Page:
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New Harmonies are heard in Thomson

New Harmonies are heard in Thomson

The Smithsonian exhibition New Harmonies: Celebrating American Roots Music opened in Thomson on March 30th, the eighth stop in Georgia on the tour.  The exhibition will be at the McDuffie Museum in Thomson at 121 Main Street through May 11th.

The Thomson area is home to an range of musical traditions, from church camp singings to bluegrass and the blues.  The popular “First Family of Bluegrass Gospel Music,” The Lewis Family, has their “home place” in nearby Lincolnton. 

The community was also the birthplace of blues legend Blind Willie McTell, one of the great bluesmen of the twentieth century.  McTell used his twelve string, finger-picking guitar to play the blues and compose songs.  He had a successful recording career, recording his first album in 1927. His music would go on to inspire contemporary musicians such as the Allman Brothers Band and Bob Dylan.  Each year the annual Blind Willie McTell Blues Festival in Thomson celebrates his legacy. This year, the 20th anniversary of the festival, it will be held May 18th, following the exhibition tour.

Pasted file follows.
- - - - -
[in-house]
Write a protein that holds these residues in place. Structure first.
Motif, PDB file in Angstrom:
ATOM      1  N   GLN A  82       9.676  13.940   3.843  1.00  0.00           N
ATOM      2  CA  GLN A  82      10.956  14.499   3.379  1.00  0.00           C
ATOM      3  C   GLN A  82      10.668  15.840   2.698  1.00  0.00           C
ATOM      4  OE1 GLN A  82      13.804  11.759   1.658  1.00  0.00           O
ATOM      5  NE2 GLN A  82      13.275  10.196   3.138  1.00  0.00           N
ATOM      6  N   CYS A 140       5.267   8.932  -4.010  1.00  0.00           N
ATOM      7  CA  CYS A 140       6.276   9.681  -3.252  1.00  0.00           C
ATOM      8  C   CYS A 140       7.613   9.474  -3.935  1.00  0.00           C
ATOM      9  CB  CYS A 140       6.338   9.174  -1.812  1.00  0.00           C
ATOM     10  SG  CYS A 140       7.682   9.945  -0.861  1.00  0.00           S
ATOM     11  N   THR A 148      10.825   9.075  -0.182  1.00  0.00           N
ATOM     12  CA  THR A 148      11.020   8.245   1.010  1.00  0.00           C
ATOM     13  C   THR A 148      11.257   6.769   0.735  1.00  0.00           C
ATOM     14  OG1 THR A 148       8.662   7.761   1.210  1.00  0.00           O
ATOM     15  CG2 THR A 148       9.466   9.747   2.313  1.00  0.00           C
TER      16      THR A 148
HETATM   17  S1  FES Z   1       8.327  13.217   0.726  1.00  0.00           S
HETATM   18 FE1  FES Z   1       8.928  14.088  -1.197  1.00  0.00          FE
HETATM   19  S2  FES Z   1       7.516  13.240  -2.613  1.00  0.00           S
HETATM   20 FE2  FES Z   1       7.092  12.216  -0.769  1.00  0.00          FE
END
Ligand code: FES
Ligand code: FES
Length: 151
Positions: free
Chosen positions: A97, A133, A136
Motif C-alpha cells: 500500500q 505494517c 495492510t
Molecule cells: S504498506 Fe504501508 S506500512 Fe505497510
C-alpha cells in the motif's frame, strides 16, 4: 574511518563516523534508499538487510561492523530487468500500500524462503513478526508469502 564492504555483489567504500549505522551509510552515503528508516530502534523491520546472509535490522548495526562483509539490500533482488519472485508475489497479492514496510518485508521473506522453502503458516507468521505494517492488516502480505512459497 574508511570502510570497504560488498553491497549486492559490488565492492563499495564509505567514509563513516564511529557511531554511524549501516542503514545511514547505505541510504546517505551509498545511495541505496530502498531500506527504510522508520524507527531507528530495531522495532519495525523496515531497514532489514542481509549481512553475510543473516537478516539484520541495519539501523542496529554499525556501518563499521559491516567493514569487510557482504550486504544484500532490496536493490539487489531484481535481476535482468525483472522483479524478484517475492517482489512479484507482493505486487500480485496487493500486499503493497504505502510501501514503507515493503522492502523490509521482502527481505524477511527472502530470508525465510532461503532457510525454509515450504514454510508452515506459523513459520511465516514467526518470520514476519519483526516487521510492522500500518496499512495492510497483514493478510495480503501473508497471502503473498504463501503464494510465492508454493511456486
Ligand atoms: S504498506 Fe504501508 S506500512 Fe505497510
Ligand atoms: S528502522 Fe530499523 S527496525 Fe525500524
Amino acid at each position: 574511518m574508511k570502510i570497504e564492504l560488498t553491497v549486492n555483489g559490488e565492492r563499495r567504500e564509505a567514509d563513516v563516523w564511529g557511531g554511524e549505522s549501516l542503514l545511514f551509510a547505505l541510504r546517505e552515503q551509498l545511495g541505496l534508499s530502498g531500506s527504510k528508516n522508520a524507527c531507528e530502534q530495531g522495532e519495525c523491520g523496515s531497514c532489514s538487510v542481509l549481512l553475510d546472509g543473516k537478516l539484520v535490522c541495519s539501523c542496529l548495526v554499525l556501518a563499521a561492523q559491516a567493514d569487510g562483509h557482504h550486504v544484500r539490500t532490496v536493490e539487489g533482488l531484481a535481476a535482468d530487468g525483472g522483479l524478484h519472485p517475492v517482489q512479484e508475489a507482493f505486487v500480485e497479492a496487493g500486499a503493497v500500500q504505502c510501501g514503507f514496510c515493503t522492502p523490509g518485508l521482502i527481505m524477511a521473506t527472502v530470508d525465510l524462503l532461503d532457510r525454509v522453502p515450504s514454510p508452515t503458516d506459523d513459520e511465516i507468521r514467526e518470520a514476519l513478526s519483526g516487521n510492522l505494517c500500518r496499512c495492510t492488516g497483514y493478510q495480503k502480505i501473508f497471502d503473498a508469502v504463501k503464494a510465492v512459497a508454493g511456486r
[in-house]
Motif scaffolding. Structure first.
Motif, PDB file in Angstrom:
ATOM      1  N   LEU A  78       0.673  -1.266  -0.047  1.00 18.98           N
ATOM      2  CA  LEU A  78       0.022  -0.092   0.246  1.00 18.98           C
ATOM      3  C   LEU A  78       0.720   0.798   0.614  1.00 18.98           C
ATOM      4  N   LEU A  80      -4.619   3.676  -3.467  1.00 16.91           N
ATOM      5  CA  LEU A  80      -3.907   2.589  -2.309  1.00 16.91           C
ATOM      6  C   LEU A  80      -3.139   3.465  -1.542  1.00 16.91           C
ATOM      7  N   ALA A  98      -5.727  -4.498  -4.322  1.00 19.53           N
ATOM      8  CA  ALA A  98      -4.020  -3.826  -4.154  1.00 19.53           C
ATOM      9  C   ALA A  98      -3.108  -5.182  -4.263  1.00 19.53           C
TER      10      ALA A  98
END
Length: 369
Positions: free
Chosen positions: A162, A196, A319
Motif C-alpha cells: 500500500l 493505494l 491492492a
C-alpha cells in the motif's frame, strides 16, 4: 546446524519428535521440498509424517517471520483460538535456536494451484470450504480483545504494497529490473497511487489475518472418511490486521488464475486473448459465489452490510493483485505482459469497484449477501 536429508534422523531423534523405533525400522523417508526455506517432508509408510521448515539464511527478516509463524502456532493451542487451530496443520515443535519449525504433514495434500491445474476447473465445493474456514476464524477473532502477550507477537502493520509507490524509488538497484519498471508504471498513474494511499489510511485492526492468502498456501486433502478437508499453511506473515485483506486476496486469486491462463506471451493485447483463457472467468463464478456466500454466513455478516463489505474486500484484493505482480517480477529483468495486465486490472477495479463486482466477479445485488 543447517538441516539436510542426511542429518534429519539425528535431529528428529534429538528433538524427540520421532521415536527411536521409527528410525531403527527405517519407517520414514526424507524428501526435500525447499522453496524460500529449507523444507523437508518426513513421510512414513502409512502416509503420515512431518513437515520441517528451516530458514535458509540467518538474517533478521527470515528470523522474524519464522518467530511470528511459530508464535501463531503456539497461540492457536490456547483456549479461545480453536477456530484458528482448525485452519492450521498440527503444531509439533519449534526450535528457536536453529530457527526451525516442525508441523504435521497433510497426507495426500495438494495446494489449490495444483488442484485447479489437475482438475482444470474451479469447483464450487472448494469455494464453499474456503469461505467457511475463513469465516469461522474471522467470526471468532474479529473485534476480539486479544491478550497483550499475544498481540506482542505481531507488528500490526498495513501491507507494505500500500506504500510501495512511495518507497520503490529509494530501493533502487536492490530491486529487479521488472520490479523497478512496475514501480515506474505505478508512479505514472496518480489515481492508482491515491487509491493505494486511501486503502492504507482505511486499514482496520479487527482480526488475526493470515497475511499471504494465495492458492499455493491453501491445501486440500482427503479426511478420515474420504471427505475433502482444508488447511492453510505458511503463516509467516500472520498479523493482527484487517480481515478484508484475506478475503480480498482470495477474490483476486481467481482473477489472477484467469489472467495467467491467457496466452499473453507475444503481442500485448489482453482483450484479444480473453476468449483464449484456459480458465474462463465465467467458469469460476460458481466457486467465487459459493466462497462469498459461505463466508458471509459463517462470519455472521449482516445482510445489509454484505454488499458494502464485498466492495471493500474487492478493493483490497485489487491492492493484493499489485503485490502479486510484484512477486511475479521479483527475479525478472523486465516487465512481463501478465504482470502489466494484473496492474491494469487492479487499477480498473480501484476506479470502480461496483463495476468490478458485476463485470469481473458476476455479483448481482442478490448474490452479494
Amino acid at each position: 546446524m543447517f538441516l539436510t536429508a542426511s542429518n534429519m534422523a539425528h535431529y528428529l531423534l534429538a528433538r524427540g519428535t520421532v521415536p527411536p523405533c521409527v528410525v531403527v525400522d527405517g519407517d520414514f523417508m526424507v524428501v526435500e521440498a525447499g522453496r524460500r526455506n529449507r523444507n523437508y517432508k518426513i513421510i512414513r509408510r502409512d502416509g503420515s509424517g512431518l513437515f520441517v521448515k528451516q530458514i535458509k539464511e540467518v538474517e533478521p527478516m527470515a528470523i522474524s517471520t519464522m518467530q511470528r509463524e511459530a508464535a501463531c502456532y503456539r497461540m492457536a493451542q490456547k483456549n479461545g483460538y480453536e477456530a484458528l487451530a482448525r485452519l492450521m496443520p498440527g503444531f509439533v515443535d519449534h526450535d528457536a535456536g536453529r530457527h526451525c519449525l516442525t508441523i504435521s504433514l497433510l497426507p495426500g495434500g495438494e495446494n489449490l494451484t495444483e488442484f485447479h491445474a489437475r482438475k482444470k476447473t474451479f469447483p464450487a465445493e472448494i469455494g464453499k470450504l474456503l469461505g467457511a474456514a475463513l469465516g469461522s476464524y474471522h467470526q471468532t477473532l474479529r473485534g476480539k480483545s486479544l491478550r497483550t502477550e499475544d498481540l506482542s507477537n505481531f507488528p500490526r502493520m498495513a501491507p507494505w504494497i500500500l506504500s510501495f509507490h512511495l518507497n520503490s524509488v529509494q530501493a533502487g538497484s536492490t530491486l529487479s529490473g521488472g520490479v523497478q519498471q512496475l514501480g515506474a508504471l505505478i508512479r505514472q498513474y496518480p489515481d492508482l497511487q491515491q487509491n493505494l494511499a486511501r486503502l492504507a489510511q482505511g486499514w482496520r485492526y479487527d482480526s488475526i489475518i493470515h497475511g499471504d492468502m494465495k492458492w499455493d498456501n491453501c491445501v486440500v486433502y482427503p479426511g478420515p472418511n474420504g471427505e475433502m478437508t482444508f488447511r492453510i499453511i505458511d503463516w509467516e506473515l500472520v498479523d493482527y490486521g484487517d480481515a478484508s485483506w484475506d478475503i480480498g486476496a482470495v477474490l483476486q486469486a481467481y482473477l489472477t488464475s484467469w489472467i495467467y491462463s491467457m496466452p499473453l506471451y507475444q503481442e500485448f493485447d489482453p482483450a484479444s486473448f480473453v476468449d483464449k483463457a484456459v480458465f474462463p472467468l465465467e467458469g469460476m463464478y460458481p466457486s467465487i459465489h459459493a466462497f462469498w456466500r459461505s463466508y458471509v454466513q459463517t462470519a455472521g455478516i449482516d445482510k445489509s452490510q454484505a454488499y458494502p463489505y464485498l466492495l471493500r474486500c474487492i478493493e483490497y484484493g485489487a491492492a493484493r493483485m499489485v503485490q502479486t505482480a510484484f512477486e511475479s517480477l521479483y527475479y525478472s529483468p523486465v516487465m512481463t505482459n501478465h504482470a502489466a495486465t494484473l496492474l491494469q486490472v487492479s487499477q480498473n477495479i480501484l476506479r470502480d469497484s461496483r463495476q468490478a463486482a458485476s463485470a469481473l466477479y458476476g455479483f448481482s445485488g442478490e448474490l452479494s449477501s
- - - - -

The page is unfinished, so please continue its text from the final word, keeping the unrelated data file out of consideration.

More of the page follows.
The McDuffie Museum  hosted a special pre-grand opening on March 29  featuring music journalist and author of the award-winning Last Train to Memphis, Careless Love and Searching for Robert Johnson, Peter Guralnick. Following Mr. Guralnick’s talk there was a musical presentation by the Chris Crenshaw Quartet. 

Thomson is hosting a variety of events to accompany the New Harmonies: Celebrating American Roots Music tour including: an Evening of Bluegrass with the group, Chatham County Line on April 11th, a Gospel Sing with the Harmony Harmoneers and Decorus on April 24th, “Exploring the Art of Southern Songwriting” with former member of Sea Level, Randall Bramblett” on May 2, and “A Musical History of Country Blues” with musical artist, Steve James on May 10. 

For more information on exhibition hours and other activities associated with the Thomson New Harmonies tour, call 706-595-9923 or visit:

The exhibition tour in Georgia is made possible by the Georgia Humanities Council in partnership with the Smithsonian Institution/Museum on Main Street program. For more information visit us on the 

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